Leading members of the International Atomic Energy Agency have
criticized North Korea's recent nuclear test and urged Pyongyang to
return to disarmament talks.
Diplomats attending an IAEA board meeting in Vienna Wednesday say North
Korea's May 25th nuclear test drew criticism from the United States,
the European Union, China, Japan and Canada.
U.S. delegate Geoffrey Pyatt said Washington will not accept North
Korea as a nuclear weapon state. He called on Pyongyang to return to
six-nation talks aimed at giving the impoverished nation fuel and other
benefits in return for dismantling its nuclear weapons program.
The leaders of Russia and China issued a separate joint statement
Wednesday expressing "serious concern about the situation on the Korean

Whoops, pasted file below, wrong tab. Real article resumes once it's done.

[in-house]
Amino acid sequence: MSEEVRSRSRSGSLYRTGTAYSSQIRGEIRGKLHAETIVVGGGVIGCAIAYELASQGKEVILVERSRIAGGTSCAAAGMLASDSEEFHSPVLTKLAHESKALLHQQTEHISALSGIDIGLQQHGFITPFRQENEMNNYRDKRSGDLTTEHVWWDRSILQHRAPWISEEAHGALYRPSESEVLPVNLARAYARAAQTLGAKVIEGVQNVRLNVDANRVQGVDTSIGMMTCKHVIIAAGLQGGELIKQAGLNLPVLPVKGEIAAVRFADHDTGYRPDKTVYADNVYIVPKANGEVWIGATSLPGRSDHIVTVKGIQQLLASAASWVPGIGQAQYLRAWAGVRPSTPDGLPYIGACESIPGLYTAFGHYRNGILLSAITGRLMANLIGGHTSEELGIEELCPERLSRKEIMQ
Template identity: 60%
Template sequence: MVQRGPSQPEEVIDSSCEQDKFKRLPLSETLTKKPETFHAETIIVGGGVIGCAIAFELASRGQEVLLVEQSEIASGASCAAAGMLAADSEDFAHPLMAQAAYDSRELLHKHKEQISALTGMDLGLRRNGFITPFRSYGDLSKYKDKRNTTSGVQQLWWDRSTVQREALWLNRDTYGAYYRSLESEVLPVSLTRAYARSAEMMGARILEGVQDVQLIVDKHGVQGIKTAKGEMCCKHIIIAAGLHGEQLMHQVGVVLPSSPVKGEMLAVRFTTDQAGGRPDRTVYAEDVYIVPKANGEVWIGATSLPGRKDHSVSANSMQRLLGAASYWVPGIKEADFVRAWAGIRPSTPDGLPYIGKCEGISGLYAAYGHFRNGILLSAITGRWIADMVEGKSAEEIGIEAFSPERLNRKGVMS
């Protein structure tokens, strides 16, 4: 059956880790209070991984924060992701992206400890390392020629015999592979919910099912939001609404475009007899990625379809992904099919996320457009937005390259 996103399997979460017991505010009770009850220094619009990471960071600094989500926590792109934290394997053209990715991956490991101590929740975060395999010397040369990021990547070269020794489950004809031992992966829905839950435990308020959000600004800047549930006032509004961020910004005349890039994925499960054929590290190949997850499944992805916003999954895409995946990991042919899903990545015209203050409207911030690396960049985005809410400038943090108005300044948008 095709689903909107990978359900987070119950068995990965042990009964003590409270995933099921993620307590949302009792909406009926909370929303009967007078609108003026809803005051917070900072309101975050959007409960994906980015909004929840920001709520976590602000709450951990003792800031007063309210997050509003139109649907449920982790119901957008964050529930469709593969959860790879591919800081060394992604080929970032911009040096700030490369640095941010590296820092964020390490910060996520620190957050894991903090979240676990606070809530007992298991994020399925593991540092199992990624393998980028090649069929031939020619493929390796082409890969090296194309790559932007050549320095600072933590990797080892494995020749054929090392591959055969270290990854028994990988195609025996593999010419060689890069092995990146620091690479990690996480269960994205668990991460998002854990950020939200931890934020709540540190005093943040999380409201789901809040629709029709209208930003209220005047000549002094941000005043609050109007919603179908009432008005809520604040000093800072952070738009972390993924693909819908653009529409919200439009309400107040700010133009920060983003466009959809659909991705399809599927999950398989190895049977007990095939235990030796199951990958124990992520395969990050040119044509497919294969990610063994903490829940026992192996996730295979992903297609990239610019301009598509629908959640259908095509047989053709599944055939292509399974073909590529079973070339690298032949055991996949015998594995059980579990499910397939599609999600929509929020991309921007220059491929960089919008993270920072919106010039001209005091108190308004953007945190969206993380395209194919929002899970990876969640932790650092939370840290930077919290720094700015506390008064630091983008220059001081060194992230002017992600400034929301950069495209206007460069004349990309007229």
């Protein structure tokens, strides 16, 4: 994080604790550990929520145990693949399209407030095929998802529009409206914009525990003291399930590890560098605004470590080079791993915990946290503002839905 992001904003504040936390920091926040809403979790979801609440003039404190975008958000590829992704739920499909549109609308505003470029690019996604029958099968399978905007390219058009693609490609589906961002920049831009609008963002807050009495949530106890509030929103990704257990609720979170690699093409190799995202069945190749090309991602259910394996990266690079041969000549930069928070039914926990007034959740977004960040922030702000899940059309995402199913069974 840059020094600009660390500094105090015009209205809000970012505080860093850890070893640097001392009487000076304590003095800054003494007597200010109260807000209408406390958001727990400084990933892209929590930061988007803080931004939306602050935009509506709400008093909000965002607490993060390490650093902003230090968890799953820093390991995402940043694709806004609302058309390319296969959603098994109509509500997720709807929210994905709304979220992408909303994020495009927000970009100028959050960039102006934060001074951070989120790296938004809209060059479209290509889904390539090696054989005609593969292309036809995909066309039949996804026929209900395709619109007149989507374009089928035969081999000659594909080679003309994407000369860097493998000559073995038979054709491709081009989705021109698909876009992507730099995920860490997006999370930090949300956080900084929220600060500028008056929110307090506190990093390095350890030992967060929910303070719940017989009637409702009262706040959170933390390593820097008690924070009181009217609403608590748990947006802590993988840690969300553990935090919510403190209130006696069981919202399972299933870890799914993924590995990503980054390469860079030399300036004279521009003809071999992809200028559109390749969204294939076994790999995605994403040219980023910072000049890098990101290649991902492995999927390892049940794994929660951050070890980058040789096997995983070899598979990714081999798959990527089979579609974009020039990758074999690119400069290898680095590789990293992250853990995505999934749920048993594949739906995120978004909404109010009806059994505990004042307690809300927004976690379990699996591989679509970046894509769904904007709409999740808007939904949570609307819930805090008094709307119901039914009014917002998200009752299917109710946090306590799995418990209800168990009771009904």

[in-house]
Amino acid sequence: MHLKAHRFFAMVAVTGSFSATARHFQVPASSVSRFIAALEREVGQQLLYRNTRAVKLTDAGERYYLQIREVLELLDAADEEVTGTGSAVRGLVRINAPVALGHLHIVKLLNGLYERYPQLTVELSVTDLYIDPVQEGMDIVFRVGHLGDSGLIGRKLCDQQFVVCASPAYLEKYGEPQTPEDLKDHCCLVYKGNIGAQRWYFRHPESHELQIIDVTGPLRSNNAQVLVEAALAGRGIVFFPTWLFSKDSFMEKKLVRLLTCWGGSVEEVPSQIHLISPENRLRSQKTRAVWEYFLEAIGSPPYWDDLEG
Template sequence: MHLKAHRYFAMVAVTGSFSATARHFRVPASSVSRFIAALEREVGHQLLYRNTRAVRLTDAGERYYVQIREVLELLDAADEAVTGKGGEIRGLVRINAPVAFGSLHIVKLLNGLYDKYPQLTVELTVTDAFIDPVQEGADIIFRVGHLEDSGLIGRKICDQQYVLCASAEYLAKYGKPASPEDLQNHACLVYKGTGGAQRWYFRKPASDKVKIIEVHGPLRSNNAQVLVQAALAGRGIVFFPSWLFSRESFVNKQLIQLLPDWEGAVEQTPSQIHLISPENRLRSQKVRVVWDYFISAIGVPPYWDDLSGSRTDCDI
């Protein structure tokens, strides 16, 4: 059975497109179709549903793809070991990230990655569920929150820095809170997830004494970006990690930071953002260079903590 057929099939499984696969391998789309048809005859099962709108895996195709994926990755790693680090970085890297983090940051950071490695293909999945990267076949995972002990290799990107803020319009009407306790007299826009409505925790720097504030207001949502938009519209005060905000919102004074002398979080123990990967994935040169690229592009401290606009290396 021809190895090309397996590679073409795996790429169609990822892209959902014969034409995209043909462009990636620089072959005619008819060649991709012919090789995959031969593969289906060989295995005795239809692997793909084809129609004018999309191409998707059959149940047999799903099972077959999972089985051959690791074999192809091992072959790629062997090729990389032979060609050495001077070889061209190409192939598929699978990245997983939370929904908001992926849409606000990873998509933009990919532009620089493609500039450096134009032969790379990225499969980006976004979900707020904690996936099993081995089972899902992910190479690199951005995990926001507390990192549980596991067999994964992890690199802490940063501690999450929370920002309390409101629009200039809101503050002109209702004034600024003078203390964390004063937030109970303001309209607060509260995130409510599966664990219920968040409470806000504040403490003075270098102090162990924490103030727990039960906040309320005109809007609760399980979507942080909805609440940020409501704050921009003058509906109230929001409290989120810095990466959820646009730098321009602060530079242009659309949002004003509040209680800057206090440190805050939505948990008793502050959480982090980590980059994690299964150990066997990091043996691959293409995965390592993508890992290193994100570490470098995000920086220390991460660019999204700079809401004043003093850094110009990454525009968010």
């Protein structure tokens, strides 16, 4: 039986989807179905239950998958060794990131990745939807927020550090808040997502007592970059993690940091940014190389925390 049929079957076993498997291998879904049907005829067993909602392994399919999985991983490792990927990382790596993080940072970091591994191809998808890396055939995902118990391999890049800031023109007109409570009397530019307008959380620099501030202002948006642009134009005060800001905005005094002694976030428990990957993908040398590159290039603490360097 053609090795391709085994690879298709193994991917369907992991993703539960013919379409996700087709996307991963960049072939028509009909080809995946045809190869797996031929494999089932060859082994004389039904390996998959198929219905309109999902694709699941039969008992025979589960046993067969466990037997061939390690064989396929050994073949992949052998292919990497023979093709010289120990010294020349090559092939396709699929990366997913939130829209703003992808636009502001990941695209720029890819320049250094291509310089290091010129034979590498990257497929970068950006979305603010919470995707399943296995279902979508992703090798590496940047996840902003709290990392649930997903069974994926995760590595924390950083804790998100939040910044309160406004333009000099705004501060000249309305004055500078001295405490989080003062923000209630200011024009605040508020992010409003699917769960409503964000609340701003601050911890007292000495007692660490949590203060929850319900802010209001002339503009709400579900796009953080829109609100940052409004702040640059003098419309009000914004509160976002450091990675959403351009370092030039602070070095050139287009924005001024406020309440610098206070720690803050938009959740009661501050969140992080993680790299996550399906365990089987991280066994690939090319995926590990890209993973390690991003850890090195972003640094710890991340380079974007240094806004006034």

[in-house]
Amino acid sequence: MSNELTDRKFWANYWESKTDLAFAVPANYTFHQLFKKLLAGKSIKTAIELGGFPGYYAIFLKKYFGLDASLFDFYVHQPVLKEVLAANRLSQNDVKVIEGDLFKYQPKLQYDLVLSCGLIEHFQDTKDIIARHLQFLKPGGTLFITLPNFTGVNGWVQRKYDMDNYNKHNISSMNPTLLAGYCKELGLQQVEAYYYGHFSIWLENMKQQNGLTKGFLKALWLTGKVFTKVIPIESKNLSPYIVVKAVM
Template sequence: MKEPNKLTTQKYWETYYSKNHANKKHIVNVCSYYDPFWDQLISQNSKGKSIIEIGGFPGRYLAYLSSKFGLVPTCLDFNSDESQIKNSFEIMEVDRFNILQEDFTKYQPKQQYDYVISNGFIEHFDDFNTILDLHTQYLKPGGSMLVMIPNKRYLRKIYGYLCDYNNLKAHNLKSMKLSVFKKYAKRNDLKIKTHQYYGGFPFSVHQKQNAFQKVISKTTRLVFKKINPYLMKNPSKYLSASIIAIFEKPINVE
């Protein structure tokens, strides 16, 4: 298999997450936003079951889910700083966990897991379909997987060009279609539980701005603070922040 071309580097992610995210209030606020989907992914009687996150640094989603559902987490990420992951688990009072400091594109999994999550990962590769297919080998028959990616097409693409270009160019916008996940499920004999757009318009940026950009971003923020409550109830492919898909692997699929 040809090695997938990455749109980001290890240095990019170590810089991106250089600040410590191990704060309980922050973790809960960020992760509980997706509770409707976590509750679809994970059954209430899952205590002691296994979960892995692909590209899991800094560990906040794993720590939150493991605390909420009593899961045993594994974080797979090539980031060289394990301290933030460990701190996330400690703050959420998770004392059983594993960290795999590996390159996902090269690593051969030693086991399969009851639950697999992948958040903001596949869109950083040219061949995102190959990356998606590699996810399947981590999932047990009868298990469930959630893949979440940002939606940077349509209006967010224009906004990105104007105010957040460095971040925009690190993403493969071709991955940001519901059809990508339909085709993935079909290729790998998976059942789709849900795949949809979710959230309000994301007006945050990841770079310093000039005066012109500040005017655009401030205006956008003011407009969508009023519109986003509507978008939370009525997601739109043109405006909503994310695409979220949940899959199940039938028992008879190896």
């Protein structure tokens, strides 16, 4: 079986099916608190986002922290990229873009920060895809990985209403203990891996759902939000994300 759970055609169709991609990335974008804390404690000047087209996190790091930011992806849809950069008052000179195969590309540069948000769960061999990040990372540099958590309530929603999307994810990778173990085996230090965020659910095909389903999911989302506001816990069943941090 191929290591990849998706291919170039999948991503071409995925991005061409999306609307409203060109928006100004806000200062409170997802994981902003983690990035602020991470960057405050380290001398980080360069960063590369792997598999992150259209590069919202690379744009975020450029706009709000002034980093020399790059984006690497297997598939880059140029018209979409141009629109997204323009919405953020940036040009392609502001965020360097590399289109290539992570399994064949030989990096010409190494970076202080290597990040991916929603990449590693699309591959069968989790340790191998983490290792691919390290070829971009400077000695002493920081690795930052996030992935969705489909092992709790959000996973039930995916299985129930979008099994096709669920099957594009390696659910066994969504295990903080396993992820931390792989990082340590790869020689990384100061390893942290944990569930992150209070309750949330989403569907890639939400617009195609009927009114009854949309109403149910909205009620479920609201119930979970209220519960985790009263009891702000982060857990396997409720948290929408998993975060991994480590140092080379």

At a meeting in Moscow, Russian President Dmitri Medvedev and his
Chinese counterpart Hu Jintao called for the "swiftest possible
resumption" of the six-party nuclear talks, which broke down earlier
The two leaders' statement did not contain any new initiatives for
reviving negotiations. The six nations involved in the talks are
Russia, China, the United States, Japan, South Korea and North Korea.
U.S. President Barack Obama said Tuesday a nuclear-armed North Korea
would be a "grave threat" to the world. He discussed the issue with
visiting South Korean President Lee Myung-bak at the White House.
Mr. Obama promised to strictly enforce tougher sanctions on Pyongyang
adopted by the U.N. Security Council. The council approved the
sanctions in response to North Korea's latest nuclear test and
test-firing of several missiles.
Japanese and South Korean media say Pyongyang appears to be preparing two sites for more long-range missile tests.
North Korea has lashed out at international criticism of its nuclear
and missile tests by threatening to intensify its weapons programs.